“You should not so much measure your actual performance but measure how much potential performance you have realised”
Imagine this: You have the ability to become the 400 meter world champion … and you end up in 9th place. How would you feel?
You could argue that 9th place in a world championship isn’t that bad − and you are surely right. But if you had the capabilities and ambition to be No. 1, you probably feel very disappointed … and you should.
Strategy Execution is all about realising the full potential of your strategy − and not limiting yourself to only 50, 60 or 70 percent.
How can you achieve this?
- Make sure you know the strong and weak points of your execution capabilities. If possible, compare them against your competitors. You can do this by looking at the different steps in the process. This can be done for your whole organisation, one or more divisions, or only a small team.In many organisations, Strategy Execution is still a black box. You throw your strategy in one end, and performance comes out the other end. But nobody really knows what did the trick. It’s impossible to say what worked and what didn’t.
- Once you have gained these insights, focus your energy on things that matter most.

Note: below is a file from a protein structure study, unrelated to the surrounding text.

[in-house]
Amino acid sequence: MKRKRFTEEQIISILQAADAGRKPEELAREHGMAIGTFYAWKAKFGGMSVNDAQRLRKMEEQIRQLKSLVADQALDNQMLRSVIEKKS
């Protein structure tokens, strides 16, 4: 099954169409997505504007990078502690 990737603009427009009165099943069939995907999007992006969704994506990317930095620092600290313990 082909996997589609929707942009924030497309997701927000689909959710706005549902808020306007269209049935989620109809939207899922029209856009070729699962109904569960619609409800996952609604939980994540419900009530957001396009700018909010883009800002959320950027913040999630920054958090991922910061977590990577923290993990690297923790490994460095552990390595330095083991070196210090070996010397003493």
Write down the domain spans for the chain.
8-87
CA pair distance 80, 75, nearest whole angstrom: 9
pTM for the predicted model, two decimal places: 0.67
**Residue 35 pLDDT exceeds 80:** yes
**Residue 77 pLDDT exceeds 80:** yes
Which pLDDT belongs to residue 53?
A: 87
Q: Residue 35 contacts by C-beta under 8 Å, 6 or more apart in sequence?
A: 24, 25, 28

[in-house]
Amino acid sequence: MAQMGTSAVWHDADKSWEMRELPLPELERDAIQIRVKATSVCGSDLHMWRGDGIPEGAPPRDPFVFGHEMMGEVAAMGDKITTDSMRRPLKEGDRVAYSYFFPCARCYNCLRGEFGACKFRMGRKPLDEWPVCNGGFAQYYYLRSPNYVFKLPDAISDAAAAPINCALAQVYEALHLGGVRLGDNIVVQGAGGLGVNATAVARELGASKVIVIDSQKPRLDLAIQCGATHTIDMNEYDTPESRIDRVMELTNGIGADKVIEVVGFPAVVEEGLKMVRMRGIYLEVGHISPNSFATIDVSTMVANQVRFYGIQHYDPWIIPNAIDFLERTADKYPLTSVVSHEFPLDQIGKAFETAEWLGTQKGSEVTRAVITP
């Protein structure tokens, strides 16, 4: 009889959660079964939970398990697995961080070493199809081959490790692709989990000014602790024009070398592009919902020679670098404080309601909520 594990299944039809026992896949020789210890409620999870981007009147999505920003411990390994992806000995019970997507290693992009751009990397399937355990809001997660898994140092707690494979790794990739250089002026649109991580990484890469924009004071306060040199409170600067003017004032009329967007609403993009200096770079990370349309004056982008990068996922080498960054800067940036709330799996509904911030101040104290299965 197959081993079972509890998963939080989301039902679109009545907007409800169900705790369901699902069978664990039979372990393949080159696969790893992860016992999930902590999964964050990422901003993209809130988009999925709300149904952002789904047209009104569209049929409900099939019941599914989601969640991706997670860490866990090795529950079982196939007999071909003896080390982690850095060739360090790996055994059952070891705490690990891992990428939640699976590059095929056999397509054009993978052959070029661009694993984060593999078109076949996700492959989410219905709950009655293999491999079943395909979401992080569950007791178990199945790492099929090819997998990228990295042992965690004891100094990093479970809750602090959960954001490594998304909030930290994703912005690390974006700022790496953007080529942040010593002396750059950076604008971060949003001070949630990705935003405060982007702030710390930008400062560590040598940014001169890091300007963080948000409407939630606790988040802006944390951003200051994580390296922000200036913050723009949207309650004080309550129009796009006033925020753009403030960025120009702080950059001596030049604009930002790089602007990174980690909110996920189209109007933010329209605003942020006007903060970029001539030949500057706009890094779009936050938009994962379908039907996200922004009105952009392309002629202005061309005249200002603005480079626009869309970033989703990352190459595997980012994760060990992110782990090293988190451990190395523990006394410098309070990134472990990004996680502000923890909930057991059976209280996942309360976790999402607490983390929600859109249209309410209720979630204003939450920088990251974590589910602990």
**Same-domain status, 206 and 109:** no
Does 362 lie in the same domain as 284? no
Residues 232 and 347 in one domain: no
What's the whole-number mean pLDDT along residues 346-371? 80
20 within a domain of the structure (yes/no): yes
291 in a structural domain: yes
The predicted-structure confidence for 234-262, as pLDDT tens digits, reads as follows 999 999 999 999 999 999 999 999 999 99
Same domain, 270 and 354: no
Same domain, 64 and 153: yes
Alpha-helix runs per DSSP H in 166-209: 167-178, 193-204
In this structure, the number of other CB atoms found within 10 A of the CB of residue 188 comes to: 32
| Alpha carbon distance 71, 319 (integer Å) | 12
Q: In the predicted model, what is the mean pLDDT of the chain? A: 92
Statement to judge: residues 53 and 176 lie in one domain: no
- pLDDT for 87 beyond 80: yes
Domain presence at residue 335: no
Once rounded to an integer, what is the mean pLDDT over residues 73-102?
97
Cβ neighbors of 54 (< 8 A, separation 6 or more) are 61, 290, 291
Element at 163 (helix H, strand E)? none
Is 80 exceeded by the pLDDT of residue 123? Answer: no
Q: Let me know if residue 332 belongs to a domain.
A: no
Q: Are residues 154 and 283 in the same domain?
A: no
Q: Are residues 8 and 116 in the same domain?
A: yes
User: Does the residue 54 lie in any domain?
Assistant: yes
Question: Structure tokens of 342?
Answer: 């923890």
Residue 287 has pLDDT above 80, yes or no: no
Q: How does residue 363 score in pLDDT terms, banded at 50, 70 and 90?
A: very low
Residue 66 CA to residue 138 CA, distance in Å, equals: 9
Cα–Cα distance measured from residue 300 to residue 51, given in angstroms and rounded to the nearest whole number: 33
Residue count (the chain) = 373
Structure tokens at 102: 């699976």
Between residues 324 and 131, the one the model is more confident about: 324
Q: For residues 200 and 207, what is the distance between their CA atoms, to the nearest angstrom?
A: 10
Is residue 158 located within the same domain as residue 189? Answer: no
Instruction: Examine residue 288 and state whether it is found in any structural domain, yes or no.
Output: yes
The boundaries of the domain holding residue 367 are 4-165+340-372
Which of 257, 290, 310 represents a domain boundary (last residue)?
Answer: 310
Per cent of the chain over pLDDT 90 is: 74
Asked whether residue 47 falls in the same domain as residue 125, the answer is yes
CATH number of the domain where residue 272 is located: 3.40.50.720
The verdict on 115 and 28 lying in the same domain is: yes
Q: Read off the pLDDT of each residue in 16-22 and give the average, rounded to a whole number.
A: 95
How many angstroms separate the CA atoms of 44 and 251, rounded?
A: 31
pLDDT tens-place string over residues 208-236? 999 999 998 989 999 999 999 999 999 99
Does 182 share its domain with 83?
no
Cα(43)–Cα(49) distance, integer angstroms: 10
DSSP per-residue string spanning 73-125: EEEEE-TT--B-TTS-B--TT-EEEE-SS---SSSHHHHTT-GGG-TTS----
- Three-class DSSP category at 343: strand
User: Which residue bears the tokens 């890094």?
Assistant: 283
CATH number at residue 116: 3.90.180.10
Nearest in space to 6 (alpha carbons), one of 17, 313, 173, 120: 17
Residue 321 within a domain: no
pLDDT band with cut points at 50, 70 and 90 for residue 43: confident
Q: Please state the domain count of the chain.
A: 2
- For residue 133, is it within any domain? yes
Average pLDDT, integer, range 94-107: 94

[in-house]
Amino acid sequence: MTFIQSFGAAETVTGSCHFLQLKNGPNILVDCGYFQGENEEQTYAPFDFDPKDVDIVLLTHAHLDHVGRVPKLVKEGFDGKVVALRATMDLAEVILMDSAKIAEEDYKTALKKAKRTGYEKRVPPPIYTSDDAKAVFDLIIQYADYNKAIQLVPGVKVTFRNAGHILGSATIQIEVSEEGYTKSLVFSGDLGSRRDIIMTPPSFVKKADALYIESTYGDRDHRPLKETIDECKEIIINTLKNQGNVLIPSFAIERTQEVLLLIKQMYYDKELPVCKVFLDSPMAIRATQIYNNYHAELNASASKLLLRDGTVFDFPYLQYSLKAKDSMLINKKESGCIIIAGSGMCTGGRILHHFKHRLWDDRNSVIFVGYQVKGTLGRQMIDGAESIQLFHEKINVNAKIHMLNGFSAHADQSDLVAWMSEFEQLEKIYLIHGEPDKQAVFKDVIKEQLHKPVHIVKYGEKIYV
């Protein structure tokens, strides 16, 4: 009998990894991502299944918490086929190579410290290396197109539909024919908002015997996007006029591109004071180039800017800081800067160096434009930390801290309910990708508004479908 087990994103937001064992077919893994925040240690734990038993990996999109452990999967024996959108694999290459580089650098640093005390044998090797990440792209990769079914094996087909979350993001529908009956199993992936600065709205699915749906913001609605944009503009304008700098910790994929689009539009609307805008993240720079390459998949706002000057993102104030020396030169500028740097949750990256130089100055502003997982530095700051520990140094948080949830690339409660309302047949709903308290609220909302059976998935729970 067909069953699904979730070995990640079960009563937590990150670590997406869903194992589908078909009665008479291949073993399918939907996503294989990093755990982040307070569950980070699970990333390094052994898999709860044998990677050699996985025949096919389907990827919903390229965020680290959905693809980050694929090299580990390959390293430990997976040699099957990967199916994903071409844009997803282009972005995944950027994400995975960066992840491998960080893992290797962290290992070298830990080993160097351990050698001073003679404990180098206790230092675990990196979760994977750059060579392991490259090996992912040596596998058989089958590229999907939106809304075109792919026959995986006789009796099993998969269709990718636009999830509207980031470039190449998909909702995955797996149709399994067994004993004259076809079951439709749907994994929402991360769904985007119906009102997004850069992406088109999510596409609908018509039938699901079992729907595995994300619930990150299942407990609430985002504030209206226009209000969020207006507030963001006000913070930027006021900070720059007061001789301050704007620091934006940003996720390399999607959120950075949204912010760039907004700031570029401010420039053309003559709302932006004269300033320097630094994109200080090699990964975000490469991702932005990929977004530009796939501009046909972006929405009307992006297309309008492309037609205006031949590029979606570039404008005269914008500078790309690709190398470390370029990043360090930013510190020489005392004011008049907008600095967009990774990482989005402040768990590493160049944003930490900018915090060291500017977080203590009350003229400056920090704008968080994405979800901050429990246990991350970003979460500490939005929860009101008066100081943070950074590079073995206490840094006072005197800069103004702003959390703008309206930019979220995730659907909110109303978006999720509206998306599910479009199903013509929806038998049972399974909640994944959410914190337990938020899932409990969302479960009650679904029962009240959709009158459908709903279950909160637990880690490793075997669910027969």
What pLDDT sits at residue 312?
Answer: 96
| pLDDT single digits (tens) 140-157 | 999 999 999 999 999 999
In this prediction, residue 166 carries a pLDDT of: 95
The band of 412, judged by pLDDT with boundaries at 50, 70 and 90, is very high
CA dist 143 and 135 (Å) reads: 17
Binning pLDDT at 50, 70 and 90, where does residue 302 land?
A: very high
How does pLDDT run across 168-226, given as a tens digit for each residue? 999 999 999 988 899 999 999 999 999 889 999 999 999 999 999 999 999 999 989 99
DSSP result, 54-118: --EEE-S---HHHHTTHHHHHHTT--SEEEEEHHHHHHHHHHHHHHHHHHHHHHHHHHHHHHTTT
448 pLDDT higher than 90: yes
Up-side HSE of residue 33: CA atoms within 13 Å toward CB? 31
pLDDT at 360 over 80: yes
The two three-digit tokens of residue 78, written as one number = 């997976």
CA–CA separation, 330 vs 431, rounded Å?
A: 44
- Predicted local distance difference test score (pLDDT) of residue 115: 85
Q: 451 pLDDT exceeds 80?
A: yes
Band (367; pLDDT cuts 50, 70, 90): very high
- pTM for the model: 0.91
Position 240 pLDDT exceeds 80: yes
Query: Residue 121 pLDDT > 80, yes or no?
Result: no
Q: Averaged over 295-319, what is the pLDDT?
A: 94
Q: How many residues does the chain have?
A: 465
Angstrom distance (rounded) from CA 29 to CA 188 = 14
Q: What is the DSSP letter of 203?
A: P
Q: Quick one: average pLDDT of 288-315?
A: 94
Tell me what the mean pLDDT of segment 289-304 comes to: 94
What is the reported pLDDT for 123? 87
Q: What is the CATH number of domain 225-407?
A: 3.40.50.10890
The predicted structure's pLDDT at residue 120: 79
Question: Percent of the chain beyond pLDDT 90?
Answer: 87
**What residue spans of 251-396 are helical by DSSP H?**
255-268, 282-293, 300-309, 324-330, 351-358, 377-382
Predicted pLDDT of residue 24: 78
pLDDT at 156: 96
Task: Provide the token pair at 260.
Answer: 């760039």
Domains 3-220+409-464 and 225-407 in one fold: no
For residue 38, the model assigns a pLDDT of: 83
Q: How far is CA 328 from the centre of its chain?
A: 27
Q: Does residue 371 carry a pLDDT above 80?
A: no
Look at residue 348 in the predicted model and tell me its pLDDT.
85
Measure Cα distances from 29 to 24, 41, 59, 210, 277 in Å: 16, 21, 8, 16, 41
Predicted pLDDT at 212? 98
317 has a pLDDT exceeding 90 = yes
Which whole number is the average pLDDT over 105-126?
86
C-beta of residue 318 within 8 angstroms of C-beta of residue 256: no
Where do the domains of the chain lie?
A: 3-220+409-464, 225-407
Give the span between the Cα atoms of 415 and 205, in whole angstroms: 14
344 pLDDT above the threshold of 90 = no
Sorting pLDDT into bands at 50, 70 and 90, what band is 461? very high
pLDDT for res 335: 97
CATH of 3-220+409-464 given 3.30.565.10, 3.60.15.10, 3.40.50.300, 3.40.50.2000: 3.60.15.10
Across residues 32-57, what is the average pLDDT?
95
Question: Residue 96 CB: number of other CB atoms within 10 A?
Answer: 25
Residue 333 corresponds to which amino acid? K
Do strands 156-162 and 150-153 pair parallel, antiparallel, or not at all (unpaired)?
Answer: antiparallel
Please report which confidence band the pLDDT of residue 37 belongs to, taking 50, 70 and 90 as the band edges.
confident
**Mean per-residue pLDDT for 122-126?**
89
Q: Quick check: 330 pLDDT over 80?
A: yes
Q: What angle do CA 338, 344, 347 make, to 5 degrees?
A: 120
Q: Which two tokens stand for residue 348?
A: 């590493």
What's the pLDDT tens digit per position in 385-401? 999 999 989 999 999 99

- Don’t forget to keep doing what you do well. All too often, companies change things for the worse because they don’t know the key elements of their success.
- Have a long-term perspective. It takes time to build capabilities. Small organisations should count on 18 months to become best-in-class. For a large multinational, it can take up to three years to get there.
- Set intermediate goals and measure your progress. Measuring and receiving feedback is one of the cornerstones of Strategy Execution. So, it’s perfectly logical to apply these principles to the Strategy Execution process itself. Make sure you define intermediate targets and measure them. This will increase your success rate dramatically.
Interested in finding out your strengths and weaknesses? Check out the benchmark section.